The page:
Microsoft is offering YouTube gamers payments for showing Xbox One games in a positive light, a new report alleges.
Ars Technica reports that the new promotion targets Machinima video partners, offering them $3 for every 1,000 hits they receive.
UPDATE: Machinima has released a statement to Ars Technica clarifying its involvement with the alleged stealth marketing campaign for Xbox One:
"This partnership between Machinima and Microsoft was a typical marketing partnership to promote Xbox One in December. The Xbox team does not review any specific content or provide feedback on content. Any confidentiality provisions, terms or other guidelines are standard documents provided by Machinima. For clarity, confidentiality relates to the agreements themselves, not the existence of the promotion."
UPDATE 2: Microsoft has responded to this story claiming that it has asked Machinima to add public disclaimers to all videos published as part of the Xbox marketing campaign.
"Microsoft was not aware of individual contracts Machinima had with their content providers as part of this promotion and we didn't provide feedback on any of the videos," its statement reads.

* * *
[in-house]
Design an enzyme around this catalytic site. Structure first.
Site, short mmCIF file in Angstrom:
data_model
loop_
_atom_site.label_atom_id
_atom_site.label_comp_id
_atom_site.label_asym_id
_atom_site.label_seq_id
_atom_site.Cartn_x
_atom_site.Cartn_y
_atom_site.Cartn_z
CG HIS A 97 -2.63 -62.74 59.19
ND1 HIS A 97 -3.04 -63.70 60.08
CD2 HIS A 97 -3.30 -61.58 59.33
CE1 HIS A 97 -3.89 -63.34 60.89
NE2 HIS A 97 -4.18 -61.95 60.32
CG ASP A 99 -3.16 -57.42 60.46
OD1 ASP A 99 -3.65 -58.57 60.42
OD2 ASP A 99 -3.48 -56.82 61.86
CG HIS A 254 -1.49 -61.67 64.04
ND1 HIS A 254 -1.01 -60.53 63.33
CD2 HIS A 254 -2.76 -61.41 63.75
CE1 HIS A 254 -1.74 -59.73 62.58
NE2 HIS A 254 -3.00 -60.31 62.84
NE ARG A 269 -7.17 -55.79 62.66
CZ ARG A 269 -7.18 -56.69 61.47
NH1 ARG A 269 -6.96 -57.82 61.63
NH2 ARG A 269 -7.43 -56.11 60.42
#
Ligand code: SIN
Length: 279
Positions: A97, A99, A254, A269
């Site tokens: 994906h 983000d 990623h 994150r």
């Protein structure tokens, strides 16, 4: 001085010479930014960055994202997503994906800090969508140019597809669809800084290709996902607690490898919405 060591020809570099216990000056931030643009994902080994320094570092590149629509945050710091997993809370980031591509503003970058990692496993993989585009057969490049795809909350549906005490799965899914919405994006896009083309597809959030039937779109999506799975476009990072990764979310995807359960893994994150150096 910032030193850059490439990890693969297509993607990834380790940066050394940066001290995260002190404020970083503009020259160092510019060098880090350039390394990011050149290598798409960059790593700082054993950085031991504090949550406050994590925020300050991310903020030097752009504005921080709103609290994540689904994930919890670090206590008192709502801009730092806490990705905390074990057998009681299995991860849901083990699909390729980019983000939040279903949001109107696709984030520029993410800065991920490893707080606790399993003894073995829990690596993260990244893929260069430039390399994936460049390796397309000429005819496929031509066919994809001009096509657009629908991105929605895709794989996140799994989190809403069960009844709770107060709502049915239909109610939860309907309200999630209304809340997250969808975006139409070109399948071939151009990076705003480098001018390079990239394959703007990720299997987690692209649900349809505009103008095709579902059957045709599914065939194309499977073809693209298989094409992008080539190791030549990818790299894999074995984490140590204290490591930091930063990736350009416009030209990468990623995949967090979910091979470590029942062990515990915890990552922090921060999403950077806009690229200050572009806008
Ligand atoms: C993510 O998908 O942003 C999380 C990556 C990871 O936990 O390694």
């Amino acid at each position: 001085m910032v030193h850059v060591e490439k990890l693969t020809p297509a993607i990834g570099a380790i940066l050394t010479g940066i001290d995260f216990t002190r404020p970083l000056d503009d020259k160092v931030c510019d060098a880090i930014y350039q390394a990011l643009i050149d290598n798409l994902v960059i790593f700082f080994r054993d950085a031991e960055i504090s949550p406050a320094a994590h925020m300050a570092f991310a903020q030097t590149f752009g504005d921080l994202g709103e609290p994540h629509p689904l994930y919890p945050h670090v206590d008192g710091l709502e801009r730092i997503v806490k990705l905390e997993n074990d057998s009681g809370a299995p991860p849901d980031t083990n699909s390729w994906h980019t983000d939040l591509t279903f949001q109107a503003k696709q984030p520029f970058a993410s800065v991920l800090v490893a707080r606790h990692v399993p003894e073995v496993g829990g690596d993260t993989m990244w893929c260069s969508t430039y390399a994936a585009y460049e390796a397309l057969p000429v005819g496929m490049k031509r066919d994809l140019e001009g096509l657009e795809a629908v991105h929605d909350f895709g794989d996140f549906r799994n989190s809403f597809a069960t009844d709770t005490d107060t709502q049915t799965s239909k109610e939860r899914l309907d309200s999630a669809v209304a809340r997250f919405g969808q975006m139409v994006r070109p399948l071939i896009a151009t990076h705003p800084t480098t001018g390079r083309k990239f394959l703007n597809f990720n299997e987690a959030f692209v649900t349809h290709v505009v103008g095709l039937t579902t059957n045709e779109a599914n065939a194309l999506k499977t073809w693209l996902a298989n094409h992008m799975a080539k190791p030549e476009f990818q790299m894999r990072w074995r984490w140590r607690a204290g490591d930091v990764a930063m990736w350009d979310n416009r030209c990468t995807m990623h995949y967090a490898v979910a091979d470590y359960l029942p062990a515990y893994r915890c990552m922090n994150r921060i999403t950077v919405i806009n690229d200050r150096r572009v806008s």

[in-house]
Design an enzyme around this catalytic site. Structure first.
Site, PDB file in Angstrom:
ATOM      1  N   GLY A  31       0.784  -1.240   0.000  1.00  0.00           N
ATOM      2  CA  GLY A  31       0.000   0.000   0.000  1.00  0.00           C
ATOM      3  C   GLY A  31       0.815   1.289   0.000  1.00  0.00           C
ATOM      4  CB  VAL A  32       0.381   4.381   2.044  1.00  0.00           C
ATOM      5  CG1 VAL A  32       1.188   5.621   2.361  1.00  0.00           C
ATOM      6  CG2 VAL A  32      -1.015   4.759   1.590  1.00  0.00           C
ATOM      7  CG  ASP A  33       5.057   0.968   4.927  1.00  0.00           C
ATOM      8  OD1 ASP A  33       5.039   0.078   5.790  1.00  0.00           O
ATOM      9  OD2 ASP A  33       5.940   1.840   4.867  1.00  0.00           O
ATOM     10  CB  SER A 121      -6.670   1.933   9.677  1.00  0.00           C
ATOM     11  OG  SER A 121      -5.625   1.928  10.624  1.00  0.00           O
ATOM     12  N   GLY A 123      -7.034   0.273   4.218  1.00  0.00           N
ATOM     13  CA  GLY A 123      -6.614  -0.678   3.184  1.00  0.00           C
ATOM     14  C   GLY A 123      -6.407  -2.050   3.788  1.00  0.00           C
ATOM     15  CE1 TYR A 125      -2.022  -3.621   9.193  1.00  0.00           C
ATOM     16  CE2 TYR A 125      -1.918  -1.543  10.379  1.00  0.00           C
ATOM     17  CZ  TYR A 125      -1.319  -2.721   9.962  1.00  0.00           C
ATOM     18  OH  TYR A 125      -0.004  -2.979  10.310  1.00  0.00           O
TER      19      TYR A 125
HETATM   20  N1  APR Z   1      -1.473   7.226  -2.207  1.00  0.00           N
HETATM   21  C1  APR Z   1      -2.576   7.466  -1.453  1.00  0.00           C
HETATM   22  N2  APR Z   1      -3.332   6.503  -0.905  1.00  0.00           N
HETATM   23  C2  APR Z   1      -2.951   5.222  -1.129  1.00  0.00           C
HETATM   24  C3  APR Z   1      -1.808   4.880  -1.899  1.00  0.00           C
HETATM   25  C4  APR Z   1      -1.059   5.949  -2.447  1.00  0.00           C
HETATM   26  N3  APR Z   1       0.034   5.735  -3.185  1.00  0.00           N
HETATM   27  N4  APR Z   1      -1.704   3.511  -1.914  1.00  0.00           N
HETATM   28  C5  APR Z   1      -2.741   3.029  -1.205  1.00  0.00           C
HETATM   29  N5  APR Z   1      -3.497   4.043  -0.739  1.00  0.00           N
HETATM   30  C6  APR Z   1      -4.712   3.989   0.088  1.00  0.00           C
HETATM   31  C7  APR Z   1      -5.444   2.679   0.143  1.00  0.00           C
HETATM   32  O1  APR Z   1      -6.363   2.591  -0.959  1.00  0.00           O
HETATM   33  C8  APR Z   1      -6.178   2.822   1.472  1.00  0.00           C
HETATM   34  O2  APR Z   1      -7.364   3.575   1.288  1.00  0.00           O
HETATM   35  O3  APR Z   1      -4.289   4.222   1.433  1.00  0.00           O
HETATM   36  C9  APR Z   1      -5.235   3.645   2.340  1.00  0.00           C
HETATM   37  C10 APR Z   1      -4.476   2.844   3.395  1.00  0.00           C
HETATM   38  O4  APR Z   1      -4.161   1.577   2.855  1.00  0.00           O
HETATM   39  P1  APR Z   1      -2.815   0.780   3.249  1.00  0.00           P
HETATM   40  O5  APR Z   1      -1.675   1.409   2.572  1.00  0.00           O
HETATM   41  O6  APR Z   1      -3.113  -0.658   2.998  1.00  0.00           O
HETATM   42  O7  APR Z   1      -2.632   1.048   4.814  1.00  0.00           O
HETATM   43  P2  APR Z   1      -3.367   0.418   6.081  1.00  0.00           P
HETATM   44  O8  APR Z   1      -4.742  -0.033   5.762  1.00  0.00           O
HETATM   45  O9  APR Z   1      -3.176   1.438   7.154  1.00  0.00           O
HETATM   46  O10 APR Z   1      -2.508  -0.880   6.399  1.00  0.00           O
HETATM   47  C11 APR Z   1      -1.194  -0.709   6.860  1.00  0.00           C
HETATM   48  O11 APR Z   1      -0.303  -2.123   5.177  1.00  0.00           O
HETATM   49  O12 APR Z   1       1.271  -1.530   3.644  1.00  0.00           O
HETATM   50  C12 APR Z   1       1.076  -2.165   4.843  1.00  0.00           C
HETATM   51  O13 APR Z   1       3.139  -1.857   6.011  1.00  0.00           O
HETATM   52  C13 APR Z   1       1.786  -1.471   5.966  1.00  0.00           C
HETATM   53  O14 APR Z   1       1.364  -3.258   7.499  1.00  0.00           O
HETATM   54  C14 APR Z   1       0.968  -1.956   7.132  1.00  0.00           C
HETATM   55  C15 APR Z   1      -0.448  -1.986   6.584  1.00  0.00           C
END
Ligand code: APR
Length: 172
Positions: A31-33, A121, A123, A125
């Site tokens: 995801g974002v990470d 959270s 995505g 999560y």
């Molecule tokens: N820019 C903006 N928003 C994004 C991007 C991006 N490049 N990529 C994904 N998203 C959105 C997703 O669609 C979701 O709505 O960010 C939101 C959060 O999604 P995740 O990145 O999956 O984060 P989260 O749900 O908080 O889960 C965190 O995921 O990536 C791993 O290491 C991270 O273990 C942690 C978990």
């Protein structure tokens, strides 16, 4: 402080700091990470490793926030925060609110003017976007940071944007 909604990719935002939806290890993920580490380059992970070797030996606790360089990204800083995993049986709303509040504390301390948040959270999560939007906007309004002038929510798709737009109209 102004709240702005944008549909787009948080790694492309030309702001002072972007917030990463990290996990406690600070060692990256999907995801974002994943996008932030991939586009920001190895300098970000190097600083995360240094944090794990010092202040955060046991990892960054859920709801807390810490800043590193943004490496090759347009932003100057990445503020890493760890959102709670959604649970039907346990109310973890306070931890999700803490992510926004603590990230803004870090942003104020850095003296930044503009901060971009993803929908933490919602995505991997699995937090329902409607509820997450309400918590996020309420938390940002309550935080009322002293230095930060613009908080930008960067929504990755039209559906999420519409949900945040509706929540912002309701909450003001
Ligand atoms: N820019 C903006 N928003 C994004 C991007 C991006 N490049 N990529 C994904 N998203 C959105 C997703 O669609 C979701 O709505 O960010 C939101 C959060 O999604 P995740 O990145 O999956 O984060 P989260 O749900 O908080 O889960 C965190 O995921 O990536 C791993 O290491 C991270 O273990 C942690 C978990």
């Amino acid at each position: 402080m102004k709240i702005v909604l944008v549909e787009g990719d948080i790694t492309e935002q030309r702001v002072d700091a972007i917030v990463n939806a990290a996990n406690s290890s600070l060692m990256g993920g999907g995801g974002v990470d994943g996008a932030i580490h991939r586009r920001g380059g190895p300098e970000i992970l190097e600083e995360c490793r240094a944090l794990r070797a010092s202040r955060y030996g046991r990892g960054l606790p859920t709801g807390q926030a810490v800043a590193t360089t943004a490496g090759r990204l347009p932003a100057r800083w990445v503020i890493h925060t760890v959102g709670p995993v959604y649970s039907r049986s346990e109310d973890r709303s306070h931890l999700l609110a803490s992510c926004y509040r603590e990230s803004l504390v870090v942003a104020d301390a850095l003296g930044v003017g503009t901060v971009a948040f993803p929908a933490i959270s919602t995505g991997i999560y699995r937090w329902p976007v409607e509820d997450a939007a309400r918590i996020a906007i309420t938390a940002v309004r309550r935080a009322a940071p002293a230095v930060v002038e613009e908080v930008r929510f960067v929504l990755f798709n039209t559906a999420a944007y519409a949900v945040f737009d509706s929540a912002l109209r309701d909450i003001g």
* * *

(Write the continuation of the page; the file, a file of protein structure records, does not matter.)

"We have asked Machinima to not post any additional Xbox One content as part of this media buy and we have asked them to add disclaimers to the videos that were part of this program indicating they were part of paid advertising."
Original story continues:
To qualify, video producers must post a video including at least 30 seconds of Xbox One game footage, mention Xbox One by name and add an 'XB1M13' tag.
The promotion was tweeted by Machinima's UK community manager, but the tweet in question has since been deleted.
While it isn't uncommon for YouTube presenters to agree to these types of deals, it is generally accepted that full disclosure within the video is the ethically correct procedure.
However, this deal is receiving criticism because, according to a leaked copy of the legal agreement, participants "may not say anything negative or disparaging about Machinima, Xbox One, or any of its games" and must keep the agreement confidential (i.e. must not state that the video is promotional in nature).
Ars Technica suggests that the promotion may violate the Federal Trade Commission's guidelines on the use of endorsements in advertising, which require full disclosure when there is "a connection between the endorser and the seller of the advertised product that might materially affect the weight or credibility of the endorsement".